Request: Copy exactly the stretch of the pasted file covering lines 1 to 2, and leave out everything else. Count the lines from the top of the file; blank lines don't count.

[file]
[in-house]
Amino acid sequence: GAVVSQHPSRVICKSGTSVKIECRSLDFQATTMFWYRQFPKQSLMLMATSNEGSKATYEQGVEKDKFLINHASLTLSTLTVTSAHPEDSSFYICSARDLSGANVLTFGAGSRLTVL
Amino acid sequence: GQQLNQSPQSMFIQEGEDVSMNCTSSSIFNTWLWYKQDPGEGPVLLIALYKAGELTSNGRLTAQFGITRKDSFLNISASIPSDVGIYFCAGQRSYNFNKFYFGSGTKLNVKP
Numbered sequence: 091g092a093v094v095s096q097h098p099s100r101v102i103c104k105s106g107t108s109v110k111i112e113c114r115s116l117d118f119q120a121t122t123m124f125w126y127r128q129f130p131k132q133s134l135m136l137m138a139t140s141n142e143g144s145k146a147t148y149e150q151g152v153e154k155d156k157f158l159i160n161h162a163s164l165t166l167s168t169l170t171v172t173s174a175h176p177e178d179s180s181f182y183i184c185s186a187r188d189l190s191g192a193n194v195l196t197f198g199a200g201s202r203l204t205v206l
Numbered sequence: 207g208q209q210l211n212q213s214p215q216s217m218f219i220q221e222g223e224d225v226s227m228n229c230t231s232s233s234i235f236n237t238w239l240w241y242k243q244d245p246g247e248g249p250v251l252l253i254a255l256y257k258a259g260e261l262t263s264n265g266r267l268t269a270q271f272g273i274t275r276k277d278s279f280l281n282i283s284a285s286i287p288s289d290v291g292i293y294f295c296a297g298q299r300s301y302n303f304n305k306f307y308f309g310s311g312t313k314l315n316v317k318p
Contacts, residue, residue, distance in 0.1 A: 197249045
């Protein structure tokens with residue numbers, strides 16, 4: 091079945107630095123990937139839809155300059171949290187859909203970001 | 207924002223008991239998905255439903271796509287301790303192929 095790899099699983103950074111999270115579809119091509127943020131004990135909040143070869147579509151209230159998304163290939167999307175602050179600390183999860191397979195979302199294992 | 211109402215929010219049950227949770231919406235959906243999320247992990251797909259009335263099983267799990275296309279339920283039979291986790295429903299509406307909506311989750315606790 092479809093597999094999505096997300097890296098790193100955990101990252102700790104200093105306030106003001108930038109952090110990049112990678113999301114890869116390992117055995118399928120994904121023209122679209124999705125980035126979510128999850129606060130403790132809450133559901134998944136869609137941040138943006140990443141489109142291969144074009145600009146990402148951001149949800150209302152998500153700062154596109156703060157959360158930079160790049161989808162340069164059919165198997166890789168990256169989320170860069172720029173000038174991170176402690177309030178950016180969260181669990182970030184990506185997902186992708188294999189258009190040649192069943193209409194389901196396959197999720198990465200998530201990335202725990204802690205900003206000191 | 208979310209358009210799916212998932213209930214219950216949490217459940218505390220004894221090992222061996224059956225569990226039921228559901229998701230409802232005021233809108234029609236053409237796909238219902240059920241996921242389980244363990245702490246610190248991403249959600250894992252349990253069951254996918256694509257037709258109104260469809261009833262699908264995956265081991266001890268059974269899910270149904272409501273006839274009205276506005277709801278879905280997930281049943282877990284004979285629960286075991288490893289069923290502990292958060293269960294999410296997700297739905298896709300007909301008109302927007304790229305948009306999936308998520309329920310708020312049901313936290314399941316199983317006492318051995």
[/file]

[in-house]
Amino acid sequence: GAVVSQHPSRVICKSGTSVKIECRSLDFQATTMFWYRQFPKQSLMLMATSNEGSKATYEQGVEKDKFLINHASLTLSTLTVTSAHPEDSSFYICSARDLSGANVLTFGAGSRLTVL